Dealing with Depression

10 April 2020

Dealing with Depression

It’s normal to feel sad, but depression is a persistent lowering of mood

It is normal to feel down or sad at times during your life. Even though people use the term “depression” to sometimes describe feelings of sadness, depression as a mental health issue is more than this.

Unlike a low mood or a sad time, depression is the name for a group of illnesses, which affects the way someone feels and is characterised by a persistent lowering of mood.

Approximately 4 in every 100 adolescents get seriously depressed each year.

Sometimes depression in children appears similar to the adult illness, but more often how it “looks” is determined by a child’s level of development.

Therefore in children and adolescents depression may be shown as:

  • a lack of energy,
  • changes in sleeping and eating patterns,
  • prolonged sadness,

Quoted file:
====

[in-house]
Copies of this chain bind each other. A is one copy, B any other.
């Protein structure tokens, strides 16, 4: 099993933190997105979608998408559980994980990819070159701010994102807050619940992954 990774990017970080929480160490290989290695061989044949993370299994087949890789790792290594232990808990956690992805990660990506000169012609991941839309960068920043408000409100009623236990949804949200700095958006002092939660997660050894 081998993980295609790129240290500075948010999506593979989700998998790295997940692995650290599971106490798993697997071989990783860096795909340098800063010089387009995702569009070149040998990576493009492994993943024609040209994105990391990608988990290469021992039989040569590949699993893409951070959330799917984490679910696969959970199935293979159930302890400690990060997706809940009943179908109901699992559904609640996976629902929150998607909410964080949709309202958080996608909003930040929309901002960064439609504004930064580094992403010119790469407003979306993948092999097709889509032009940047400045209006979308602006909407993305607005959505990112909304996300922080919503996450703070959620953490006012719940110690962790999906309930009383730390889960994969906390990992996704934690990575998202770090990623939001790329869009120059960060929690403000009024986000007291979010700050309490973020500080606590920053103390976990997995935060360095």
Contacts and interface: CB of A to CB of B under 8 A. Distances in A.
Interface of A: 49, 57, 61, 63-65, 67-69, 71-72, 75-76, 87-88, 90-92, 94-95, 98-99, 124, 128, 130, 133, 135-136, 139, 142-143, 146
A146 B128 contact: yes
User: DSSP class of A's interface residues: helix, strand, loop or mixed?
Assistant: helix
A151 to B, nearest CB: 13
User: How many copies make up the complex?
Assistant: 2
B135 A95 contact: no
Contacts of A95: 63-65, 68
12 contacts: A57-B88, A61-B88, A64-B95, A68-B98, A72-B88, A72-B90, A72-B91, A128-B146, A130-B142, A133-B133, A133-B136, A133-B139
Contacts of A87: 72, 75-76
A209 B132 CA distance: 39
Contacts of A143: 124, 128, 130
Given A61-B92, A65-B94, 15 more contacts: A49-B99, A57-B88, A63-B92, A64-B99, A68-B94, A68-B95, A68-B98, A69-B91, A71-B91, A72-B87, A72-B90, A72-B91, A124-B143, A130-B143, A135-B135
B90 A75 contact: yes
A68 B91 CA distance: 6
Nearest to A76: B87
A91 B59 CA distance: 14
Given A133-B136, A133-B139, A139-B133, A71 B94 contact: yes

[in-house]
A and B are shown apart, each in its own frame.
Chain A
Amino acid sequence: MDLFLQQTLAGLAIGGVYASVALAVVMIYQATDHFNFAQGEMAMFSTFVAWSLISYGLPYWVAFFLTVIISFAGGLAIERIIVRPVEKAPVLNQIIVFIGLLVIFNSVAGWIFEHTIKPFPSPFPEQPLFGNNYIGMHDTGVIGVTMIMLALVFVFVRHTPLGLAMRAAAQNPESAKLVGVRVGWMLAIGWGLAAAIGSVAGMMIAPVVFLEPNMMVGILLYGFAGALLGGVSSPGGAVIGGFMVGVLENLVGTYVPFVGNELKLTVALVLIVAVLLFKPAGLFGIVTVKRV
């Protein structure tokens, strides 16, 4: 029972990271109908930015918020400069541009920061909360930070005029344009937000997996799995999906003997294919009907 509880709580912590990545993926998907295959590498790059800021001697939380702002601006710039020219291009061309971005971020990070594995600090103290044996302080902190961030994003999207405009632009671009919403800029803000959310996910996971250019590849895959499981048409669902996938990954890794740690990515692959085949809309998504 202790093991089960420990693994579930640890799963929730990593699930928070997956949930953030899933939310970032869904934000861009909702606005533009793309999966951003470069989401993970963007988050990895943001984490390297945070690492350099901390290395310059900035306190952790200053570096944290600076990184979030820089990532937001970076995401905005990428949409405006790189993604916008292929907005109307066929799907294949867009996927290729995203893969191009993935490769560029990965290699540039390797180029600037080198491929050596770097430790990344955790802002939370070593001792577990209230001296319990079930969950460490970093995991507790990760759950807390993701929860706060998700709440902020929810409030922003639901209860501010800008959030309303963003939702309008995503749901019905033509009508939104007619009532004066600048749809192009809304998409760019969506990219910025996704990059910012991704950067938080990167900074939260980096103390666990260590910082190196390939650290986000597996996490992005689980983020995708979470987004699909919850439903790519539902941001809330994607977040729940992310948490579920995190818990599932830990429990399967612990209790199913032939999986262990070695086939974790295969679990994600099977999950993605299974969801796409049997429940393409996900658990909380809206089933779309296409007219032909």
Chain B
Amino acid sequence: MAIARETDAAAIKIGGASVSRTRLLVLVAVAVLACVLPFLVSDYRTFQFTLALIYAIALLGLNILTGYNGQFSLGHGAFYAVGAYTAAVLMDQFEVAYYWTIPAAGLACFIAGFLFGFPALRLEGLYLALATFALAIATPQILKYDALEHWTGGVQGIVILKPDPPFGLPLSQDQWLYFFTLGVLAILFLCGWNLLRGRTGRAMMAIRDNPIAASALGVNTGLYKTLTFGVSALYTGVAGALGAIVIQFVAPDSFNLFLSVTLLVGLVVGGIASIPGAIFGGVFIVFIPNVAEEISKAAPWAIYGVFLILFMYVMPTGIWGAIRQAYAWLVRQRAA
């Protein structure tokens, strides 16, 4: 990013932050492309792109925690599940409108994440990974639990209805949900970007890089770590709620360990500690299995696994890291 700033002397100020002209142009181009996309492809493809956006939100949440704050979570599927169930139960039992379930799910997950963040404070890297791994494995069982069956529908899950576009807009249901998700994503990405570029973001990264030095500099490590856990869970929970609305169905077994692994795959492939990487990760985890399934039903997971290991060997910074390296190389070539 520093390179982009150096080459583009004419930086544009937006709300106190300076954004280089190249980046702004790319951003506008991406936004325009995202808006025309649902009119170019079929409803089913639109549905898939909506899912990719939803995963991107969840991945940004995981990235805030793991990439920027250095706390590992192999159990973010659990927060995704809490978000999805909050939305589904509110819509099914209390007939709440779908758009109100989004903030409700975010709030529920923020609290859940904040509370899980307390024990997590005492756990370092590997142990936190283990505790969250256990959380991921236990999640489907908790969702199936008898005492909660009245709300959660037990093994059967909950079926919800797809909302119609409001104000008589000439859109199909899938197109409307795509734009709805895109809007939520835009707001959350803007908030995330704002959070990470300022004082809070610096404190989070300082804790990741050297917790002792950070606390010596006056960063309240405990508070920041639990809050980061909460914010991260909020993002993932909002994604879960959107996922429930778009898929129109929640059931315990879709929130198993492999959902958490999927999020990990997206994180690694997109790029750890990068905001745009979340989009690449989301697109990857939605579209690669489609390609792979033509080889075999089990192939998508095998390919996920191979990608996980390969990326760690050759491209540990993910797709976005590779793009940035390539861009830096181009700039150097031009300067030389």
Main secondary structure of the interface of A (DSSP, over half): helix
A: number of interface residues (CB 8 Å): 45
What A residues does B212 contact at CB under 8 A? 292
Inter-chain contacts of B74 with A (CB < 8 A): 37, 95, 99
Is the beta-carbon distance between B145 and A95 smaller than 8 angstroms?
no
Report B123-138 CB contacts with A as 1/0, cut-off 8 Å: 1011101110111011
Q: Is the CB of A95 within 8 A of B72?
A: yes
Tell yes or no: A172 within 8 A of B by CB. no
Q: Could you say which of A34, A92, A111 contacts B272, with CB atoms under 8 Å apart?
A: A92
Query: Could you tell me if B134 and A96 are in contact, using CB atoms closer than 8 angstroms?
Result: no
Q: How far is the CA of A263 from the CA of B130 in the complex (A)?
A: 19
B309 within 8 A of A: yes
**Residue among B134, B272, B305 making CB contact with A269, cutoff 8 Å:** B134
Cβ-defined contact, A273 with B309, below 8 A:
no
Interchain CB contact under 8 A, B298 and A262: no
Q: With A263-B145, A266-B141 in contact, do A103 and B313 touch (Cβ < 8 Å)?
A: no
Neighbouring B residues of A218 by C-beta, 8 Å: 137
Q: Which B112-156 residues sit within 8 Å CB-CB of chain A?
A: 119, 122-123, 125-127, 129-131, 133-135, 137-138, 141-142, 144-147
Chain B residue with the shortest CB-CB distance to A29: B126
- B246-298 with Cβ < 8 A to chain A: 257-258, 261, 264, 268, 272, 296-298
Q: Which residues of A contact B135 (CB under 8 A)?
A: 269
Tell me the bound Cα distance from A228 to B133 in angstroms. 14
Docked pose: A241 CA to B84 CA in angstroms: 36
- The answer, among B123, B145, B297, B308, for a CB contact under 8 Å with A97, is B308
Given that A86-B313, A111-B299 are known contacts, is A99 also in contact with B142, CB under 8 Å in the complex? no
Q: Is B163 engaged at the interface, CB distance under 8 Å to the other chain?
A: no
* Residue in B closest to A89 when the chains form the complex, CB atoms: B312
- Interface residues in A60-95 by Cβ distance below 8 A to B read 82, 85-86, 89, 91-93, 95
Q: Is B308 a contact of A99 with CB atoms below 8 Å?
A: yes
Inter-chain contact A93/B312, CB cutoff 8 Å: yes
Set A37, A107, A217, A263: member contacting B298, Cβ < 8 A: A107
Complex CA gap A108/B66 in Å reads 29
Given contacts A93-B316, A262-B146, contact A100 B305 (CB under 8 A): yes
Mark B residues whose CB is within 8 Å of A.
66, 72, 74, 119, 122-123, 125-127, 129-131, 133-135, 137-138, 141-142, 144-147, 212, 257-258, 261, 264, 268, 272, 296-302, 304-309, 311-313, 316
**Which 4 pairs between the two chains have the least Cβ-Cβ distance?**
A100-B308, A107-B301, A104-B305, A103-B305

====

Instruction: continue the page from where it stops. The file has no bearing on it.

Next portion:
• crying a lot,
  • high use of alcohol or other drugs,
  • losing one’s temper,
  • withdrawing from the group,
  • thoughts of suicide or suicide attempts,
  • headaches or stomach aches that persist,
  • irritability,
  • restlessness,
  • problems concentrating or making a decision,
  • feeling empty, or
  • feeling anxious.

If you are concerned, have your child or adolescent assessed by a doctor and seek counselling if recommended.

Practical ways to help children and adolescents with depression

  • Encourage physical activity or exercise.
  • Offer and have your child involved in activities they used to enjoy.
  • Break up large projects into smaller tasks.
  • Spend time with your child, have them spend time with their friends.
  • Offer emotional support, understanding, patience and encouragement.
  • Listen carefully, don’t discount.
  • Point out realities, offer hope and encourage positive thinking ... CAREFULLY!
  • Never ignore comments about suicide.

In any and all of these issues it is comforting to remember that we have an assured and certain hope in our great God.

We have been created holistically, with all of our emotions but living this side of heaven means we can at times get out of sorts and overwhelmed in them. In these times and situations we need to depend on God in His sovereignty and also be wise in seeking guidance and professional help when needed.

Mrs Karlie Carroll
Shire Christian School Psychologist

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